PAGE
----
July 1 marks the beginning of new toll rates on the Indiana Toll Road, a part of I-90 through northern Indiana, as officials raise the price of admission by 9%. The increase covers all classes, with Class 2 passenger vehicles going up from $12.28 to $13.50 for the end-to-end run down the tollway. Class 5, your typical 5-axle tractor-trailer, goes up from $66.30 to $72.88.
The Indiana Toll Road is officially the Indiana East–West Toll Road. It is a tolled highway that runs for 156.28 miles east–west across northern Indiana from the Illinois state line to the Ohio state line.
The Indiana Toll Road Concession Company LLC ( ITRCC), the operating authority for the toll road, is a subsidiary of IFM Investors. ITRCC assumed responsibility for the toll road on June 30, 2006 from the Indiana Department of Transportation with a 75-year lease. It was part of Governor Mitch Daniels “Major Moves” legislation enacted by the Indiana General Assembly in 2005.
People don’t want to pay the fare sometimes
Unfortunately in September 2014, ITRCC filed for Chapter 11 bankruptcy with a debt of $6 billion. IFM Investors moved in and acquired ITRCC, along with the remaining 66 years on the lease. It now manages the tollway and has rights to collect toll fares. IFM Investors invests on behalf of over 550 institutions worldwide.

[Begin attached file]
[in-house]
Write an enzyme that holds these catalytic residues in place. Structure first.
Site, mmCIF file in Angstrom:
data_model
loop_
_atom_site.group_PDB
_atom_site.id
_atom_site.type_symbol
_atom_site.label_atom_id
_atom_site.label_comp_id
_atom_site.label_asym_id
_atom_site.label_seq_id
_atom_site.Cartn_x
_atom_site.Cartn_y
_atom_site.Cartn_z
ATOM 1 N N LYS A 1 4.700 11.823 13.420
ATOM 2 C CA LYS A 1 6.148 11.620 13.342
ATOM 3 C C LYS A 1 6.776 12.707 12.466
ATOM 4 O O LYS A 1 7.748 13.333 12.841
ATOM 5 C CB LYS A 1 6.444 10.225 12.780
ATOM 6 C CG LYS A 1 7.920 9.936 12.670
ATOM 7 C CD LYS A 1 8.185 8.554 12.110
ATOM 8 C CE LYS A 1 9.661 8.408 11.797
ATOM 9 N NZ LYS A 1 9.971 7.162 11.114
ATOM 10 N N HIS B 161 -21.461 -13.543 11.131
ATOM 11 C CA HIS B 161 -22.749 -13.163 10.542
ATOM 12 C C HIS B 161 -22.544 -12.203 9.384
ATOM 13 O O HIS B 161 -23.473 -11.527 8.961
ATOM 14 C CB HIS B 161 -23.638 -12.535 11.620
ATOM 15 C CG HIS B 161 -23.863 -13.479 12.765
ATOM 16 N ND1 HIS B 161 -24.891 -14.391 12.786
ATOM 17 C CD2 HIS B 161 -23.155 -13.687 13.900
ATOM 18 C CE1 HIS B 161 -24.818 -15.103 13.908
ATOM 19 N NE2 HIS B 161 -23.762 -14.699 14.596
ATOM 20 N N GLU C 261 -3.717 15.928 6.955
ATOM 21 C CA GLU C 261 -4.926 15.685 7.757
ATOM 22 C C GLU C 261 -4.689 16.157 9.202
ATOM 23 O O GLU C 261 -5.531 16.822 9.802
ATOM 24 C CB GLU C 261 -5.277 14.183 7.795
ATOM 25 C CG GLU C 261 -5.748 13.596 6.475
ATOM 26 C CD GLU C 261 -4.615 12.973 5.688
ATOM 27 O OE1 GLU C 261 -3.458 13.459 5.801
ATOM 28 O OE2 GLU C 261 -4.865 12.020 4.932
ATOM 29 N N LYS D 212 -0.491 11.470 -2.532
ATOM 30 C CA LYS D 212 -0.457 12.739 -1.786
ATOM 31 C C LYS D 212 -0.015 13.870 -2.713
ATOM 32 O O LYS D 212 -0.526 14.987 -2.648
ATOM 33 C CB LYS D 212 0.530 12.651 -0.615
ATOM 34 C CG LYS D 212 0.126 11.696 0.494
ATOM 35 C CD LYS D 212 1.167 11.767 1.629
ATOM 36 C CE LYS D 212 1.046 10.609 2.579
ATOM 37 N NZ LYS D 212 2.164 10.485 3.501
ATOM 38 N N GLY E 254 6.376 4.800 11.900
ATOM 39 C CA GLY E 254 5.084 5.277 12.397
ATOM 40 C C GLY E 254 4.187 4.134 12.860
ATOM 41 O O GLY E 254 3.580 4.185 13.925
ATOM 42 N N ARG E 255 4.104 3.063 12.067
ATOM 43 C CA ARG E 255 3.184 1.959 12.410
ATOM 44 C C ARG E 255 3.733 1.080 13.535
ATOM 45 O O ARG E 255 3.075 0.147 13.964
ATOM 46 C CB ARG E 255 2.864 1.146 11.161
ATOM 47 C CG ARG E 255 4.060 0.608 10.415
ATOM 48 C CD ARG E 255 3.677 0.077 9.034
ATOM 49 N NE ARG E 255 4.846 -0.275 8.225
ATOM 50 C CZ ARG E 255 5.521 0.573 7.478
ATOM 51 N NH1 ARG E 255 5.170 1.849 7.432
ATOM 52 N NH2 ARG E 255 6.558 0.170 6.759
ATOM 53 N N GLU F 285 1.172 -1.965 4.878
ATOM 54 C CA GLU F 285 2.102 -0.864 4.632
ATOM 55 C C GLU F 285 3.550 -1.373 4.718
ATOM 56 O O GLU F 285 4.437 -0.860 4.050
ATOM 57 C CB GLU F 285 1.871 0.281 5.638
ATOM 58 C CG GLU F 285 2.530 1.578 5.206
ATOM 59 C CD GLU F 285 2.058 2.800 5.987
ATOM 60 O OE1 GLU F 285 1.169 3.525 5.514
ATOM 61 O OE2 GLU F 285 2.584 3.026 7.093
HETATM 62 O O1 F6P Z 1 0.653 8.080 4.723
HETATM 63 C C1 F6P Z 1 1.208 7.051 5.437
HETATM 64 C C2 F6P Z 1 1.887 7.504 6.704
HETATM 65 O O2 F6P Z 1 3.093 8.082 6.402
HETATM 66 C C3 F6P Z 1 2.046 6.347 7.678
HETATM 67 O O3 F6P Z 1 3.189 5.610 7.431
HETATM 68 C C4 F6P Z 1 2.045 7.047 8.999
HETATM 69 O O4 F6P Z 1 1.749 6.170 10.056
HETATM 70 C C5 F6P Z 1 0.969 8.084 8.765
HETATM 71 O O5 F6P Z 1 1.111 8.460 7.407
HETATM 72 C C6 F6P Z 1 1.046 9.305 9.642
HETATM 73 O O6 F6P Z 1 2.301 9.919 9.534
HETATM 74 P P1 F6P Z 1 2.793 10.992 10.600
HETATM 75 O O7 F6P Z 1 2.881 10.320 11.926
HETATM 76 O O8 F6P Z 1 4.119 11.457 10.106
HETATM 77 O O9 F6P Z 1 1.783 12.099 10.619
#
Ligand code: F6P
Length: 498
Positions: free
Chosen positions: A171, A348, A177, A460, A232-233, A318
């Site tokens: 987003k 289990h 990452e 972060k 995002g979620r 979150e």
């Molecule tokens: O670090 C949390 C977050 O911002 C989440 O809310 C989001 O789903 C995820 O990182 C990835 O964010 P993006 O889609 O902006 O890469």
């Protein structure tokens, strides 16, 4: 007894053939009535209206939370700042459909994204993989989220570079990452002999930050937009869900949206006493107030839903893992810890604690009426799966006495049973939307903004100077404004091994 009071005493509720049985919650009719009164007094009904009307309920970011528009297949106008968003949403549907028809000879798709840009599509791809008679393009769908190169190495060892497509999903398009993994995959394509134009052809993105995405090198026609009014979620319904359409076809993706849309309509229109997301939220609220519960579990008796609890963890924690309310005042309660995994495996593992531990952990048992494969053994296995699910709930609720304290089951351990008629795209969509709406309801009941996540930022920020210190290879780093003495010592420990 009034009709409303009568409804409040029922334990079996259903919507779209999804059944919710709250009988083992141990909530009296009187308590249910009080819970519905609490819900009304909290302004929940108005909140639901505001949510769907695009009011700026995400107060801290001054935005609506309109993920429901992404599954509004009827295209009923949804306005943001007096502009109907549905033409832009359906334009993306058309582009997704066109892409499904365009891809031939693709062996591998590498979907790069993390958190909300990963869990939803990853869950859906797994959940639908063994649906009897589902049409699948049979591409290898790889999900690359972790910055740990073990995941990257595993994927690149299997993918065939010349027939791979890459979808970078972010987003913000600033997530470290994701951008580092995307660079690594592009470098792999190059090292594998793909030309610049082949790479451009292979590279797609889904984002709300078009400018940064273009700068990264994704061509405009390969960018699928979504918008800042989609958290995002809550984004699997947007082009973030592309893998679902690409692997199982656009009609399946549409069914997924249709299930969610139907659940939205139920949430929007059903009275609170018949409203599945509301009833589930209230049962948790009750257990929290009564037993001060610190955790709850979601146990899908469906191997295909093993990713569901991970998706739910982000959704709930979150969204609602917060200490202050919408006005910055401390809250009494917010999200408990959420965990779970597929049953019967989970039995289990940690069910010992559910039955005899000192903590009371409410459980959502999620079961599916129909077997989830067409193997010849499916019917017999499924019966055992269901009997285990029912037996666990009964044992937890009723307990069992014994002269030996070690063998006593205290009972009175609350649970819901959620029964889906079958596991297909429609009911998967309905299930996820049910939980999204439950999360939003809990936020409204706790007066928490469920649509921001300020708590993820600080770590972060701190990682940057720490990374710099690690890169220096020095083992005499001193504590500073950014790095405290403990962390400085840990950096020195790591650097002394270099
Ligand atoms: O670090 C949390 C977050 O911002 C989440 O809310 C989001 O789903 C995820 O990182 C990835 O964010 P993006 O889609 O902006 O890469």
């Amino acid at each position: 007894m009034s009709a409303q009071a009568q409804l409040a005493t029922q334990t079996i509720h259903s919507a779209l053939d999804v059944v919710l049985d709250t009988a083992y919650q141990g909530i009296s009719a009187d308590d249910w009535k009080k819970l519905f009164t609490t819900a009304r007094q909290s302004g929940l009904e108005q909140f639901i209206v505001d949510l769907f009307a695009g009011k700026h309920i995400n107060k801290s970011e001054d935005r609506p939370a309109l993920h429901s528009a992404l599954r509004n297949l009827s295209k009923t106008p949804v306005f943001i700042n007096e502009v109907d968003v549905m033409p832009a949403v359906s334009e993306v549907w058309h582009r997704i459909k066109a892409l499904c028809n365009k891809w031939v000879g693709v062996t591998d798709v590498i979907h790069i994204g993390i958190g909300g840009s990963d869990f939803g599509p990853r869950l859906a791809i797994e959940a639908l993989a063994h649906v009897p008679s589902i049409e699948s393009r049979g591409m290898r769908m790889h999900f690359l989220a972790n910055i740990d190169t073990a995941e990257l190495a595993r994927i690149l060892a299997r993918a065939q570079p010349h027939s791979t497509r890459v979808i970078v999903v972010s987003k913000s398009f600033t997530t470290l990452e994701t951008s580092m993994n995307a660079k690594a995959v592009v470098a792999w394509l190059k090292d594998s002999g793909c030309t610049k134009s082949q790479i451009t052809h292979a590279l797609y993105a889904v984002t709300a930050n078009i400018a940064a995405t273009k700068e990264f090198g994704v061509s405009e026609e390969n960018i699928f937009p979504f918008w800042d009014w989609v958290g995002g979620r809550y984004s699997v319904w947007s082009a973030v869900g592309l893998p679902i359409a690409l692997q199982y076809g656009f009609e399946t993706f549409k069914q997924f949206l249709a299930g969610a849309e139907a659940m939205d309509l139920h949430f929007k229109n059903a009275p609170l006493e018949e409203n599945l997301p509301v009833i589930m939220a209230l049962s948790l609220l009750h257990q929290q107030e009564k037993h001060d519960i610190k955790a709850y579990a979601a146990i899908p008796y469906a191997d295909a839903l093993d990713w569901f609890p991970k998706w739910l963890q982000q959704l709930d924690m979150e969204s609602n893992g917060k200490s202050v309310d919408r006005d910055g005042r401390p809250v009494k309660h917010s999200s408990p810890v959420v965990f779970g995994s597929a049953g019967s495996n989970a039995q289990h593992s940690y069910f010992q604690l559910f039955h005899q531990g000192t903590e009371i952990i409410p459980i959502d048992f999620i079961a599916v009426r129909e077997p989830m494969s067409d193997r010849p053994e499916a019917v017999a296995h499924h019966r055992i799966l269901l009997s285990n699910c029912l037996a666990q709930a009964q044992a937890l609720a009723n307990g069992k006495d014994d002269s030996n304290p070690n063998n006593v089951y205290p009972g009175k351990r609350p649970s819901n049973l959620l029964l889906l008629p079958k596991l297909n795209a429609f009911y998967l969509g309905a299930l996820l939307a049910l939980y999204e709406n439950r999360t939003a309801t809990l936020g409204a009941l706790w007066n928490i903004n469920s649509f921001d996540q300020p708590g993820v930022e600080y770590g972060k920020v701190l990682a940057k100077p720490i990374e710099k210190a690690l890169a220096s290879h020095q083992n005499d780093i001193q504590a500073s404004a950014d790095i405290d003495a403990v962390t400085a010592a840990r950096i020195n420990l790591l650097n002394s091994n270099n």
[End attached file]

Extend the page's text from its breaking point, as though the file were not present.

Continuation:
Being a truck driver for over 15 years, I know many trucking companies avoid the toll road (and any toll road, if possible). The enterprise carriers I worked for would rather send their trucks across US 20, US 6 or US 12 in Michigan than pay the toll. Owner-operators, on the other hand, can pass the tolls on as part of their rate contract. Personally, I’d rather take the toll road due to the availability of parking. Get there before sundown and nine out of 10 times you can get a decent spot in the parking grid.
With inflation settling in on building and maintenance material prices, I can see that the rates might have needed to be increased. But will the toll road get enough traffic to generate the revenue needed?